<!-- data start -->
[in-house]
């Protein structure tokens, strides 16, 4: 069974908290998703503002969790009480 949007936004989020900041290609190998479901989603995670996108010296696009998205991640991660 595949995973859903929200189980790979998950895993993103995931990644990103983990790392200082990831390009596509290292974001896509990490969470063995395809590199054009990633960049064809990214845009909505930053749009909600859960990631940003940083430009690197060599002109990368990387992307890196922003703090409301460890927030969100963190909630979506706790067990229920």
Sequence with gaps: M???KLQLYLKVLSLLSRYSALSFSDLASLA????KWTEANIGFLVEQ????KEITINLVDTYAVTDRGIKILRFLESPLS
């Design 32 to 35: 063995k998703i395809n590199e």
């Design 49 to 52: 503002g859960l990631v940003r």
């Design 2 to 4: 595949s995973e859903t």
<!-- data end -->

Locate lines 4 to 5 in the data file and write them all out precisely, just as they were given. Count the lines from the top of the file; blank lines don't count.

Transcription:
């Design 32 to 35: 063995k998703i395809n590199e």
């Design 49 to 52: 503002g859960l990631v940003r």